Search Images Maps Play YouTube News Gmail Drive More »
Sign in
Screen reader users: click this link for accessible mode. Accessible mode has the same essential features but works better with your reader.

Patents

  1. Advanced Patent Search
Publication numberUS5736519 A
Publication typeGrant
Application numberUS 08/657,888
Publication dateApr 7, 1998
Filing dateJun 7, 1996
Priority dateJun 7, 1995
Fee statusPaid
Also published asCA2222296A1, CA2222296C, CN1154653C, CN1189837A, DE69631762D1, DE69631762T2, EP0832900A1, EP0832900A4, EP0832900B1, WO1996040740A1
Publication number08657888, 657888, US 5736519 A, US 5736519A, US-A-5736519, US5736519 A, US5736519A
InventorsVladislav I. Deigin, Andrei Marxovich Korotkov
Original AssigneeDeigin; Vladislav I., Korotkov; Andrei Marxovich
Export CitationBiBTeX, EndNote, RefMan
External Links: USPTO, USPTO Assignment, Espacenet
Peptide, a method for its preparation and a pharmaceutical composition containing the peptide
US 5736519 A
Abstract
A peptide of the formula I
X-A-D-Trp-Y
wherein X is hydrogen, glycine, alanine, leucine, isoleucine, valine, N-valine, proline, tyrosine, phenylalanine, tryptophan, D-alanine, D-leucine, D-isoleucine, D-valine, D-N-valine, D-proline, D-tyrosine, D-phenylalanine, D-tryptophan, α-aminobutyric acid or ξ-aminocaproic acid; A is D-glutamic acid or iD-glutamic acid; and Y is glycine, alanine, leucine, isoleucine, valine, N-valine, proline, tyrosine, phenylalanine, tryptophan, D-alanine, D-leucine, D-isoleucine, D-valine, D-N-valine, D-proline, D-tyrosine, D-phenylalanine, D-tryptophn, α-aminobutyric acid, ξ-aminocaproic acid, hydroxyl, or C1 -C3 substituted amide.
Images(9)
Previous page
Next page
Claims(6)
We claim:
1. A peptide of the formula I
X-A-D-Trp-Y                                                (I)
wherein X is selected from the group consisting of hydrogen, glycine, alanine, leucine, isoleucine, valine, N-valine, proline, tyrosine, phenylalanine, tryptophan, D-alanine, D-leucine, D-isoleucine, D-valine, D-N-valine, D-proline, D-tyrosine, D-phenylalanine, D-tryptophan, α-aminobutyric acid, and ξ-aminocaproic acid; A is selected from the group consisting of D-glutamic acid and iD-glutamic acid; and Y is selected from the group consisting of glycine, alanine, leucine, isoleucine, valine, N-valine, proline, tyrosine, phenylalanine, tryptophan, D-alanine, D-leucine, D-isoleucine, D-valine, D-N-valine, D-proline, D-tyrosine, D-phenylalanine, D-tyrptophan, α-aminobutyric acid, ξ-aminocaproic acid, hydroxyl and C1 to C3 substituted amide.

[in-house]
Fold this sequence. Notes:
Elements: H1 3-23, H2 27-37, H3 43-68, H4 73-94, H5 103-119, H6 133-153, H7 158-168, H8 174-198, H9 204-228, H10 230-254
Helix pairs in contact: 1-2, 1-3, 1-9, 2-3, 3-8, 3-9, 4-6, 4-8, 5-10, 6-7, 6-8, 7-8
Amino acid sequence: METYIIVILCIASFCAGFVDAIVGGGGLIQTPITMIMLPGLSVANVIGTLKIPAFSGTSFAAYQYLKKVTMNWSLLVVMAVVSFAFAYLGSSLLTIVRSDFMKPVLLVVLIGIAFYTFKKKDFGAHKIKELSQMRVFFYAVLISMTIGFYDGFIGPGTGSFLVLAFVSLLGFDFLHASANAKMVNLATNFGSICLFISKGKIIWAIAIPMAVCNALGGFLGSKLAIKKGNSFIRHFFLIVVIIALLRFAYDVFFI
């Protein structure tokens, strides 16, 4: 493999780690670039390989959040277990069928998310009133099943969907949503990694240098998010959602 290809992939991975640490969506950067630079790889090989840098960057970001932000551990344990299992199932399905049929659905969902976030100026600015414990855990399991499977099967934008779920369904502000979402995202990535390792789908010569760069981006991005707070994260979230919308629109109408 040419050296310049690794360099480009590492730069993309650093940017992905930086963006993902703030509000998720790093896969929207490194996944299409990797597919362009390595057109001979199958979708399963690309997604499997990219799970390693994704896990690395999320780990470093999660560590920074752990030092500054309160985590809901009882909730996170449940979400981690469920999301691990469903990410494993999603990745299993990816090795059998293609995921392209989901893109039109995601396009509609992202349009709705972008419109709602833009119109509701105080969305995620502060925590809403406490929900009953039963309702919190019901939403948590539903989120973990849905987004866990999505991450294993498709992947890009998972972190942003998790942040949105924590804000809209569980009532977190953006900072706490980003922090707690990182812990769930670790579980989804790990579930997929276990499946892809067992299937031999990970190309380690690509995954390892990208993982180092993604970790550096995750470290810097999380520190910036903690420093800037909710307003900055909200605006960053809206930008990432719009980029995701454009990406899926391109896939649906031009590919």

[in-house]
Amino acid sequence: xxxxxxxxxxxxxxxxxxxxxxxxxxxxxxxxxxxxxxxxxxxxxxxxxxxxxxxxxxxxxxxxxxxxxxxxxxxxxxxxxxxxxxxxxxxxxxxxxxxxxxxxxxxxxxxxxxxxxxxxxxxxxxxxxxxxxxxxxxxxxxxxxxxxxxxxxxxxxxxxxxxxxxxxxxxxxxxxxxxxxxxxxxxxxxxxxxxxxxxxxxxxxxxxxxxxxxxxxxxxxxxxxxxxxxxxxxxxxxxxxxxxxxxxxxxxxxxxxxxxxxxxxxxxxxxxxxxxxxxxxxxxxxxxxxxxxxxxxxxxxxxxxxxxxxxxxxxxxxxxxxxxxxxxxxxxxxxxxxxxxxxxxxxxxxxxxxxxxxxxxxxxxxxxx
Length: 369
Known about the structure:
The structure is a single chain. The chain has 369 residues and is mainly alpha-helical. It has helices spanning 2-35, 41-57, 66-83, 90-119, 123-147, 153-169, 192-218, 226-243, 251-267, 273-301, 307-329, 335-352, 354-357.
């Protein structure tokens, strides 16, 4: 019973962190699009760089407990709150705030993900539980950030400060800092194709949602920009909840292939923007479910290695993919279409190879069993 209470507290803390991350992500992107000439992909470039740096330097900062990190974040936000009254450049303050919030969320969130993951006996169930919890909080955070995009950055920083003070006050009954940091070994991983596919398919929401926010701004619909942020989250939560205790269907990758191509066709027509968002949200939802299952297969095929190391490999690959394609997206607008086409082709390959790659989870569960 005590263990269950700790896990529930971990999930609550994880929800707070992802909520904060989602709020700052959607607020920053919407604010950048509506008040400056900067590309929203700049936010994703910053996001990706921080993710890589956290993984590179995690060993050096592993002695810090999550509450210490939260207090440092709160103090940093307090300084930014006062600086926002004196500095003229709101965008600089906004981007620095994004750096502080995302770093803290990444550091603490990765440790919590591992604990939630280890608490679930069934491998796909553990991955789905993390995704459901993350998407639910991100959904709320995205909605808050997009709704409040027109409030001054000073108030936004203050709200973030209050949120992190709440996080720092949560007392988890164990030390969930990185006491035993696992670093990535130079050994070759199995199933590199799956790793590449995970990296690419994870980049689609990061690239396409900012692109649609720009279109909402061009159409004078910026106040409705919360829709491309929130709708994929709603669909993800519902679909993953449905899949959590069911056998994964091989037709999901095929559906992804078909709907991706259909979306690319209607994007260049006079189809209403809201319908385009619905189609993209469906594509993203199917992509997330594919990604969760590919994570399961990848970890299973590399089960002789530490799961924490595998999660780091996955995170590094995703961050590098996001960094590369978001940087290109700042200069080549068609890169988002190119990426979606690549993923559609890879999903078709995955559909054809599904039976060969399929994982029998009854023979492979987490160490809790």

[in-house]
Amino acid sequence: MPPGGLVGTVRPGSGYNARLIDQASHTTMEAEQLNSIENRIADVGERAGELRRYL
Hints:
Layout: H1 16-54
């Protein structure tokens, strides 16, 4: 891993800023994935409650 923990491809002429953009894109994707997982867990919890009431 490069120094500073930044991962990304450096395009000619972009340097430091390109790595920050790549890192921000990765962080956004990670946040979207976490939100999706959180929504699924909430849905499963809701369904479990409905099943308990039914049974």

2. A peptide of the formula I as claimed in claim 1 wherein X is hydrogen, A is iD-glutamic acid, and Y is selected from the group consisting of hydroxyl and C1 to C3 substituted amide.
3. A peptide having the sequence H-iD-Glu-D-Trp-OH.
4. A pharmaceutical composition comprising at least one of the peptides of the formula I as claimed in claim 1 and a pharmaceutically acceptable vehicle.
5. A method of enhancing reconstitution of cells of the hemopoietic and immune systems in a subject following radiation-or chemotherapy-induced suppression of the cells comprising administering to the patient an amount of a peptide of claim 1 effective to enhance reconstitution of the cells.
6. A method of treating a subject following radiation or chemotherapy comprising administering to the patient an amount of a peptide of claim 1 effective to enhance reconstitution of cells of the hemopoietic and immune systems in the subject.
Description
FIELD OF THE INVENTION

The invention relates to a biologically active peptide; a novel pharmaceutical composition containing the peptide; a method of preparing the peptide; and uses of the peptide.

BACKGROUND TO THE INVENTION

Radiotherapy and chemotherapy are well established treatment methods for malignant disease. Cells which grow and divide rapidly are most vulnerable to the effects of radiation and cytotoxic agents. Among those affected are tumor cells, and normal cells including hair and intestinal cells, and cells of the hemopoietic and immune systems. Damage to normal cells of the hemopoietic and immune systems by radiation and cytotoxic agents often has life-threatening consequences, and it limits the ability to administer a full therapeutic dose.

There has been extensive research to identify agents which will protect normal hemopoietic and immunologic cells from the effects of radiotherapy and chemotherapy, or aid in the reconstitution of cells suppressed by these therapies. For example, transforming growth factor beta-1 has been reported to be useful for protecting hematopoietic stem cells from the myelotoxicity of chemotherapeutic drugs or radiation therapy (U.S. Pat. No. 5,278,145 to Keller et al.). A lyophilised composition containing human albumin in thymosin alpha 1 was also reported to exert a preventative activity against progression of leukemias in mice whose immune systems were severely damaged by treatment with cytostatic agents or radiation treatment (89EP 102569 to Lattanzi). Hemopoietic growth factors such as interleukin-3 and CSF have been used to potentiate the immune response or assist in reconstituting normal blood following radiation-or chemotherapy-induced hematopoietic cell suppression (WO8805469 to Anderson et al., U.S. Pat. No. 4,959,455 to Ciarletta et al; U.S. Pat. No. 4,999,291).